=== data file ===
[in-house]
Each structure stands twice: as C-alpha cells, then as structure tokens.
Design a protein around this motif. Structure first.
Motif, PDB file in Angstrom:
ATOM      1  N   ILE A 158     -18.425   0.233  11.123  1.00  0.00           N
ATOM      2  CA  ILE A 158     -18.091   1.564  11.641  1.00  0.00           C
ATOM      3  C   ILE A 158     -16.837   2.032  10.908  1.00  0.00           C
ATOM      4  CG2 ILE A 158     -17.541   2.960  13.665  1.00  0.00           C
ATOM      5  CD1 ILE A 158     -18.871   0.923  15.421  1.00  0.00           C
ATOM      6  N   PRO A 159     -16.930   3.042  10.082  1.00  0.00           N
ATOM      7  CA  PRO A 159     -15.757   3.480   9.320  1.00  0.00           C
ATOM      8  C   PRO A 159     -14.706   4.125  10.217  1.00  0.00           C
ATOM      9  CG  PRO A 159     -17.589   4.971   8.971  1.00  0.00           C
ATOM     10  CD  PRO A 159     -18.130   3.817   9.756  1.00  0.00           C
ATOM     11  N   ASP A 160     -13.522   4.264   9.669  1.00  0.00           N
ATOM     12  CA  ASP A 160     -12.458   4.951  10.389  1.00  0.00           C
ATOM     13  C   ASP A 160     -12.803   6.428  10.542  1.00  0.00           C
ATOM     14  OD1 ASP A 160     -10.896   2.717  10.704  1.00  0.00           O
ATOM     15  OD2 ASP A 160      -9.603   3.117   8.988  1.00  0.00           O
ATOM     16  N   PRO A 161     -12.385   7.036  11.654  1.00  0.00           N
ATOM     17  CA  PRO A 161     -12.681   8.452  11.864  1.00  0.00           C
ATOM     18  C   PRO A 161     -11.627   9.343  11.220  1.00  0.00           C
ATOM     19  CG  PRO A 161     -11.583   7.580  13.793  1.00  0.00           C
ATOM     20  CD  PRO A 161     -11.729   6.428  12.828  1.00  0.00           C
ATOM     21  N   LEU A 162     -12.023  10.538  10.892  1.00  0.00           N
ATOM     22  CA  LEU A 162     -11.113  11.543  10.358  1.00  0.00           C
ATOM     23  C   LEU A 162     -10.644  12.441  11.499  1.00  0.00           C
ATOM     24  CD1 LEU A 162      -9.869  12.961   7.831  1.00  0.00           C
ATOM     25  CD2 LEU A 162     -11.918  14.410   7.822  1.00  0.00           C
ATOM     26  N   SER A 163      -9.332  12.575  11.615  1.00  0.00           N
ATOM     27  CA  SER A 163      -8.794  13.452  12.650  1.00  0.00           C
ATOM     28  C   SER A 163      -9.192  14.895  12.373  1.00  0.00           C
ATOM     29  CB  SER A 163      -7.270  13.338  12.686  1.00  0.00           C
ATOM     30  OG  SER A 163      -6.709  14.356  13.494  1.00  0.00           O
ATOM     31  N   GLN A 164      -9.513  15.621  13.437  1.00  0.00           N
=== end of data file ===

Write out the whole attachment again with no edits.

[in-house]
Each structure stands twice: as C-alpha cells, then as structure tokens.
Design a protein around this motif. Structure first.
Motif, PDB file in Angstrom:
ATOM      1  N   ILE A 158     -18.425   0.233  11.123  1.00  0.00           N
ATOM      2  CA  ILE A 158     -18.091   1.564  11.641  1.00  0.00           C
ATOM      3  C   ILE A 158     -16.837   2.032  10.908  1.00  0.00           C
ATOM      4  CG2 ILE A 158     -17.541   2.960  13.665  1.00  0.00           C
ATOM      5  CD1 ILE A 158     -18.871   0.923  15.421  1.00  0.00           C
ATOM      6  N   PRO A 159     -16.930   3.042  10.082  1.00  0.00           N
ATOM      7  CA  PRO A 159     -15.757   3.480   9.320  1.00  0.00           C
ATOM      8  C   PRO A 159     -14.706   4.125  10.217  1.00  0.00           C
ATOM      9  CG  PRO A 159     -17.589   4.971   8.971  1.00  0.00           C
ATOM     10  CD  PRO A 159     -18.130   3.817   9.756  1.00  0.00           C
ATOM     11  N   ASP A 160     -13.522   4.264   9.669  1.00  0.00           N
ATOM     12  CA  ASP A 160     -12.458   4.951  10.389  1.00  0.00           C
ATOM     13  C   ASP A 160     -12.803   6.428  10.542  1.00  0.00           C
ATOM     14  OD1 ASP A 160     -10.896   2.717  10.704  1.00  0.00           O
ATOM     15  OD2 ASP A 160      -9.603   3.117   8.988  1.00  0.00           O
ATOM     16  N   PRO A 161     -12.385   7.036  11.654  1.00  0.00           N
ATOM     17  CA  PRO A 161     -12.681   8.452  11.864  1.00  0.00           C
ATOM     18  C   PRO A 161     -11.627   9.343  11.220  1.00  0.00           C
ATOM     19  CG  PRO A 161     -11.583   7.580  13.793  1.00  0.00           C
ATOM     20  CD  PRO A 161     -11.729   6.428  12.828  1.00  0.00           C
ATOM     21  N   LEU A 162     -12.023  10.538  10.892  1.00  0.00           N
ATOM     22  CA  LEU A 162     -11.113  11.543  10.358  1.00  0.00           C
ATOM     23  C   LEU A 162     -10.644  12.441  11.499  1.00  0.00           C
ATOM     24  CD1 LEU A 162      -9.869  12.961   7.831  1.00  0.00           C
ATOM     25  CD2 LEU A 162     -11.918  14.410   7.822  1.00  0.00           C
ATOM     26  N   SER A 163      -9.332  12.575  11.615  1.00  0.00           N
ATOM     27  CA  SER A 163      -8.794  13.452  12.650  1.00  0.00           C
ATOM     28  C   SER A 163      -9.192  14.895  12.373  1.00  0.00           C
ATOM     29  CB  SER A 163      -7.270  13.338  12.686  1.00  0.00           C
ATOM     30  OG  SER A 163      -6.709  14.356  13.494  1.00  0.00           O
ATOM     31  N   GLN A 164      -9.513  15.621  13.437  1.00  0.00           N